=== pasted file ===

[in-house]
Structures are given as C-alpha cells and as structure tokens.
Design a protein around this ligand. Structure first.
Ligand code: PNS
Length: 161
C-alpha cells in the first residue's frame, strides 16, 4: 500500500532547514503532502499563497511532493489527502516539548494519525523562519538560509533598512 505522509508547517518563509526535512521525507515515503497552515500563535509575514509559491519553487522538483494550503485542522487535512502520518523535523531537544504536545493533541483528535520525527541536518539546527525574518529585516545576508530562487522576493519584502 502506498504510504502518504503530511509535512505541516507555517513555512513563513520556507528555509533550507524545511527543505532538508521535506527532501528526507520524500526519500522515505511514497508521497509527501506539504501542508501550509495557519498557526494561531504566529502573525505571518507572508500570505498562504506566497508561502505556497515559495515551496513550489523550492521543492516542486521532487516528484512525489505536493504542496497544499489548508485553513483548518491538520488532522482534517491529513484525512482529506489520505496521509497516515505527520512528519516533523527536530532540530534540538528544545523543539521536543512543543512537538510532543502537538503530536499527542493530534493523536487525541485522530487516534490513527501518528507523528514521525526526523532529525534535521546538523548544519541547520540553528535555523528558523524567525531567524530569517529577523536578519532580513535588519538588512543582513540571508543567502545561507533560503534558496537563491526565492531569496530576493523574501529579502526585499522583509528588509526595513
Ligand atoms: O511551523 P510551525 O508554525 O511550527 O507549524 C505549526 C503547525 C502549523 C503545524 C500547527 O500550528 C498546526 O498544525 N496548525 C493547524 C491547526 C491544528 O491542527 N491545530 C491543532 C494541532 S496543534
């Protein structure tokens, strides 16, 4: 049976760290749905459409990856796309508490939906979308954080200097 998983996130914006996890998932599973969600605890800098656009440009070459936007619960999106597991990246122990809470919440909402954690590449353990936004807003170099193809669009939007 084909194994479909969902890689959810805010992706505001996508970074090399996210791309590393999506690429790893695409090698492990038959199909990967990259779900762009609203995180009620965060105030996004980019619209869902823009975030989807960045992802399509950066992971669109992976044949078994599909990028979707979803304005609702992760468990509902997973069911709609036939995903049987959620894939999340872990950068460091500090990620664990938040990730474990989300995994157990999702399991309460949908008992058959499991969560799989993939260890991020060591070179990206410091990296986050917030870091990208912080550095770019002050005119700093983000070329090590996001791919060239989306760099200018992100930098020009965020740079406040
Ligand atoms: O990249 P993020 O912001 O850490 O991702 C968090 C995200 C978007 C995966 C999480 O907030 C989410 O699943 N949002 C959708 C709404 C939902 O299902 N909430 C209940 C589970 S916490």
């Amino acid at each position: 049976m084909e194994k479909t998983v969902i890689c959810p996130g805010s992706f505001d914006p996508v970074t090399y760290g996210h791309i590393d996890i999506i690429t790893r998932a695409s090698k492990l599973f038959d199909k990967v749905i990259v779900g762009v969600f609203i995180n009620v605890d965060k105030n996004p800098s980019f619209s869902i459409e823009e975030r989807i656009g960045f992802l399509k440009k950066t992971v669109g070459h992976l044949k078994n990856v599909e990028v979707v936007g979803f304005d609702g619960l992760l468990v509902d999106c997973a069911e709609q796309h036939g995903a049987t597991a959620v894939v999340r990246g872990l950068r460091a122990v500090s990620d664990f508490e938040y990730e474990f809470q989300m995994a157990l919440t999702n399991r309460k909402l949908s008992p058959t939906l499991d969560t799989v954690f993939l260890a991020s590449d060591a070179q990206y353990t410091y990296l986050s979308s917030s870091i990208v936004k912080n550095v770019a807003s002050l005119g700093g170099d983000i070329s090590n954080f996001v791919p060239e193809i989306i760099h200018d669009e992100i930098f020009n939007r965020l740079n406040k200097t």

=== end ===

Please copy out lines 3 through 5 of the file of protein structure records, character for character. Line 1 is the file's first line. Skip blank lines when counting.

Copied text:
Design a protein around this ligand. Structure first.
Ligand code: PNS
Length: 161